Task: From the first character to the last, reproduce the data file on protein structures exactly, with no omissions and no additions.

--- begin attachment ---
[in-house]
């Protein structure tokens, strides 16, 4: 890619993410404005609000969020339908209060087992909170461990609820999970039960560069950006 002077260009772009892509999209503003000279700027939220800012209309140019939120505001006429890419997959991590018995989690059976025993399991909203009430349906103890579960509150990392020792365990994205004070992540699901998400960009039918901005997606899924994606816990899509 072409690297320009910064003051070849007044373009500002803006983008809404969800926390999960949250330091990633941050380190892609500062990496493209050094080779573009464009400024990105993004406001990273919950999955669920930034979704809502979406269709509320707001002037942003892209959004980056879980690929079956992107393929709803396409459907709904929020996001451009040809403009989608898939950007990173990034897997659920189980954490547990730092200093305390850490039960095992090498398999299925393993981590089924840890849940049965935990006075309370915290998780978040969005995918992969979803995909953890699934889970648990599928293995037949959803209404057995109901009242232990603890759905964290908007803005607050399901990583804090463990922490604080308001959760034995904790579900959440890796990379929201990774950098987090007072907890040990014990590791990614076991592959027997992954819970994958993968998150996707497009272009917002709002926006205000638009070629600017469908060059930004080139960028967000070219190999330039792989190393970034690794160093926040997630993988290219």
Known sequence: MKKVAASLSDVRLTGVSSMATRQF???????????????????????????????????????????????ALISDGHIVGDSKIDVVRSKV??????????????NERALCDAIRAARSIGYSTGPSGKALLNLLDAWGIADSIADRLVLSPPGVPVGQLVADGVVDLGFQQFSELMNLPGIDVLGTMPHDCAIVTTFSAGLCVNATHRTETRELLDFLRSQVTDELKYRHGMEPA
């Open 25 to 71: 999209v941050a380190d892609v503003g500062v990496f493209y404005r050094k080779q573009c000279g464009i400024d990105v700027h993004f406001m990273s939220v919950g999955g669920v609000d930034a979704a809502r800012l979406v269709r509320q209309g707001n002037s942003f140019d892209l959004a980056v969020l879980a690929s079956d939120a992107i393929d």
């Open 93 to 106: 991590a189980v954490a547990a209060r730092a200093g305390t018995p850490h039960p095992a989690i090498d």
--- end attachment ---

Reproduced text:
[in-house]
């Protein structure tokens, strides 16, 4: 890619993410404005609000969020339908209060087992909170461990609820999970039960560069950006 002077260009772009892509999209503003000279700027939220800012209309140019939120505001006429890419997959991590018995989690059976025993399991909203009430349906103890579960509150990392020792365990994205004070992540699901998400960009039918901005997606899924994606816990899509 072409690297320009910064003051070849007044373009500002803006983008809404969800926390999960949250330091990633941050380190892609500062990496493209050094080779573009464009400024990105993004406001990273919950999955669920930034979704809502979406269709509320707001002037942003892209959004980056879980690929079956992107393929709803396409459907709904929020996001451009040809403009989608898939950007990173990034897997659920189980954490547990730092200093305390850490039960095992090498398999299925393993981590089924840890849940049965935990006075309370915290998780978040969005995918992969979803995909953890699934889970648990599928293995037949959803209404057995109901009242232990603890759905964290908007803005607050399901990583804090463990922490604080308001959760034995904790579900959440890796990379929201990774950098987090007072907890040990014990590791990614076991592959027997992954819970994958993968998150996707497009272009917002709002926006205000638009070629600017469908060059930004080139960028967000070219190999330039792989190393970034690794160093926040997630993988290219």
Known sequence: MKKVAASLSDVRLTGVSSMATRQF???????????????????????????????????????????????ALISDGHIVGDSKIDVVRSKV??????????????NERALCDAIRAARSIGYSTGPSGKALLNLLDAWGIADSIADRLVLSPPGVPVGQLVADGVVDLGFQQFSELMNLPGIDVLGTMPHDCAIVTTFSAGLCVNATHRTETRELLDFLRSQVTDELKYRHGMEPA
């Open 25 to 71: 999209v941050a380190d892609v503003g500062v990496f493209y404005r050094k080779q573009c000279g464009i400024d990105v700027h993004f406001m990273s939220v919950g999955g669920v609000d930034a979704a809502r800012l979406v269709r509320q209309g707001n002037s942003f140019d892209l959004a980056v969020l879980a690929s079956d939120a992107i393929d």
């Open 93 to 106: 991590a189980v954490a547990a209060r730092a200093g305390t018995p850490h039960p095992a989690i090498d």